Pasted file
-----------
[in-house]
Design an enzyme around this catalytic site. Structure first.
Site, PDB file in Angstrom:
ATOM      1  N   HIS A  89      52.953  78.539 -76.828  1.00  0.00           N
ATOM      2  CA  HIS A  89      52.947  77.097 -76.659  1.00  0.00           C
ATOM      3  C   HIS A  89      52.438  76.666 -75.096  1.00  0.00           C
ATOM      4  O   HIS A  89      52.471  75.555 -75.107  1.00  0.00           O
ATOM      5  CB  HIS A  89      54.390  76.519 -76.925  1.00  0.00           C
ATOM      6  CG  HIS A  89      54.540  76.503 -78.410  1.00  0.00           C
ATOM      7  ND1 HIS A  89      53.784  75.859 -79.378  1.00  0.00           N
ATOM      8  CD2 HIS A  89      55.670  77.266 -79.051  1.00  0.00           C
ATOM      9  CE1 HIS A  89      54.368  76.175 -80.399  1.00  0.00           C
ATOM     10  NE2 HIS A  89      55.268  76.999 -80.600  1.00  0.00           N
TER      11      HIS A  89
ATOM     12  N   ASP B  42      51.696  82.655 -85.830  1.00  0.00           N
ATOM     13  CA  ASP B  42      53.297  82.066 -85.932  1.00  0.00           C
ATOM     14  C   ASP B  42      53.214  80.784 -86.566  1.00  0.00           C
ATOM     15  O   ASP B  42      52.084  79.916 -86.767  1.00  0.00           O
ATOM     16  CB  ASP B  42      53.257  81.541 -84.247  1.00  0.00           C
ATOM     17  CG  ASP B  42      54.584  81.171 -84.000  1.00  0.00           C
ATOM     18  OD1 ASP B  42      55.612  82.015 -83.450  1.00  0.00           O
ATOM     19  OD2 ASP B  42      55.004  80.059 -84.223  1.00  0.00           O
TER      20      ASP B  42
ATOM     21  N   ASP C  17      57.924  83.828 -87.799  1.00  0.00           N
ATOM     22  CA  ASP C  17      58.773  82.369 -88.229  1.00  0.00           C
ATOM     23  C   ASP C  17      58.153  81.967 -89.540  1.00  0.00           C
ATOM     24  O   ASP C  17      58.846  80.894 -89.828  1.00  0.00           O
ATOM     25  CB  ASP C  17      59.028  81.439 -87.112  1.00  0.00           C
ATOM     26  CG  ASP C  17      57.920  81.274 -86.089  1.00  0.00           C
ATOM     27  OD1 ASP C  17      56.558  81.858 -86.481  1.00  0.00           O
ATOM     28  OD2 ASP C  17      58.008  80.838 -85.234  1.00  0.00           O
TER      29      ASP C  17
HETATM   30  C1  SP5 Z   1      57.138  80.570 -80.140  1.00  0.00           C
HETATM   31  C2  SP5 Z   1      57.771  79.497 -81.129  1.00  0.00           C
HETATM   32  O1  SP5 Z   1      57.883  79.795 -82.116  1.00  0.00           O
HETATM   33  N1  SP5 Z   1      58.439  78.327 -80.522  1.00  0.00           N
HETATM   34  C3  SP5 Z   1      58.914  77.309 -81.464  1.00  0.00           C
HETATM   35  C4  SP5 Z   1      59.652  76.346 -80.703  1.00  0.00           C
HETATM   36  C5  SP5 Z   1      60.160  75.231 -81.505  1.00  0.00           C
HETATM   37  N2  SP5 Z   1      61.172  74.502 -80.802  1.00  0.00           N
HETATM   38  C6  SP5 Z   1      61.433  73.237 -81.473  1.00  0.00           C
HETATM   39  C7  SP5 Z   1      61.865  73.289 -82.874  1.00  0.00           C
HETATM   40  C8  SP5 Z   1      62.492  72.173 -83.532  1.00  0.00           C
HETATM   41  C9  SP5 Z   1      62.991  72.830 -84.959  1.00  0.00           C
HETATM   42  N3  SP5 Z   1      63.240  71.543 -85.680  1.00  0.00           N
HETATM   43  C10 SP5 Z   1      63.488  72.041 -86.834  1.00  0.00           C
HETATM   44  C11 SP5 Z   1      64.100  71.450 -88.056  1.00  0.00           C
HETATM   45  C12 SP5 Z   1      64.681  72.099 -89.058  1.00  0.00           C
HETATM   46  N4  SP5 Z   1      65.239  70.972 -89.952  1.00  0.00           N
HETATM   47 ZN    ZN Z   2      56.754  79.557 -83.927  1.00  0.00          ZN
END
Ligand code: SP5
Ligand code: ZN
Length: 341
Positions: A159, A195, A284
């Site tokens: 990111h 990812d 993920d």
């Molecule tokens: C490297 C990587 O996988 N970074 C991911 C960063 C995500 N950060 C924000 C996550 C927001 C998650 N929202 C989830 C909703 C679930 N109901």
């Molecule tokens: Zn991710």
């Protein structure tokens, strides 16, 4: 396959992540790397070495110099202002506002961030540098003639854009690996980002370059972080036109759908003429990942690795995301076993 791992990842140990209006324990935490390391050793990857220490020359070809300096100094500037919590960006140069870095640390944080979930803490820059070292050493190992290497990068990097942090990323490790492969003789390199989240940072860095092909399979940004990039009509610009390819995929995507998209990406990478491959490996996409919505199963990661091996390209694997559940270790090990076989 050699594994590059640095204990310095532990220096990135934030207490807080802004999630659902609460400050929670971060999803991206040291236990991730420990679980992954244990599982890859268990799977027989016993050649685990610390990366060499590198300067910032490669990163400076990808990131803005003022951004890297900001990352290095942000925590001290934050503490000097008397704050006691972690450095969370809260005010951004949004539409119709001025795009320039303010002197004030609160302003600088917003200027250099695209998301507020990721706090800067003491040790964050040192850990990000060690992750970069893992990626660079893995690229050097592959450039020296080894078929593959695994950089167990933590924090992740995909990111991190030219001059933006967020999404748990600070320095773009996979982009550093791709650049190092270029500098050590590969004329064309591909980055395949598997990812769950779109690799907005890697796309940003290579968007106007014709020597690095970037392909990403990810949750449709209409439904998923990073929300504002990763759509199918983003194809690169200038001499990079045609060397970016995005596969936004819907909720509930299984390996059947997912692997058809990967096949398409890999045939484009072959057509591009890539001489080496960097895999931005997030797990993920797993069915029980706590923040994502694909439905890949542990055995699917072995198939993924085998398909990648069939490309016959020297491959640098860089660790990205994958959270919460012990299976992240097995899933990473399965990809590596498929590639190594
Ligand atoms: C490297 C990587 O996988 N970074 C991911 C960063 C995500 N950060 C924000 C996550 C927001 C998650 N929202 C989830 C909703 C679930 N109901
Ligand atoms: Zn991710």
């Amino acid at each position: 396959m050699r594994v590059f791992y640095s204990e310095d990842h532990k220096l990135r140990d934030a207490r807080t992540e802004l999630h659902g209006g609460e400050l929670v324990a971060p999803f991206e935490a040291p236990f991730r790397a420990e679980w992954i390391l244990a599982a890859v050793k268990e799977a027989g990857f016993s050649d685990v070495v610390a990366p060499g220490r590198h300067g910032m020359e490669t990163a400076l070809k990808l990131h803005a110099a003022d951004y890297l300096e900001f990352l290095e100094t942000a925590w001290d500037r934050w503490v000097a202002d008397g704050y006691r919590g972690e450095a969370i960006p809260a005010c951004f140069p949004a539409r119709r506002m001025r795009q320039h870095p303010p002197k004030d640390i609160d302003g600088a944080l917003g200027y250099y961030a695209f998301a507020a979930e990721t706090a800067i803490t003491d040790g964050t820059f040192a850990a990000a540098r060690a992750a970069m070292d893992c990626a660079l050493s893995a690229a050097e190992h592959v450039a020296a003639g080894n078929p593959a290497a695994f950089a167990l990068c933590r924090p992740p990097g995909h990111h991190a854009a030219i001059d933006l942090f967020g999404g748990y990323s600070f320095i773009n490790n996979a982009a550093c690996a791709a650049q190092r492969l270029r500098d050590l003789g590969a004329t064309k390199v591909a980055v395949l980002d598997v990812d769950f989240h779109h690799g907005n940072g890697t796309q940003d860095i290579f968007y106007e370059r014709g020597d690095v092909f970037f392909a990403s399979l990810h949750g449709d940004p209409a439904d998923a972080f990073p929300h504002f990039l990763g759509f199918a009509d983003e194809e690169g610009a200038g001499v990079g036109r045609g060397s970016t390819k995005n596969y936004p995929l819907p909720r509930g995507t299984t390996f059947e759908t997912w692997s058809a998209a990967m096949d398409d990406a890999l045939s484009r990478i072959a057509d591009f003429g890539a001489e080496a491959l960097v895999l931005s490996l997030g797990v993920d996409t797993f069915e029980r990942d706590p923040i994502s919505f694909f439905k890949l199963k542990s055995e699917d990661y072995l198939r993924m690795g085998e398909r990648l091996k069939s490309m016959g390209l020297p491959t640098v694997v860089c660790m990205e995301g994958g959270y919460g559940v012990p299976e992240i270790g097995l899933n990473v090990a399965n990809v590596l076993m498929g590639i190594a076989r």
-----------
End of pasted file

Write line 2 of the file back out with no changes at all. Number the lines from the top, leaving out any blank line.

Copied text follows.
Design an enzyme around this catalytic site. Structure first.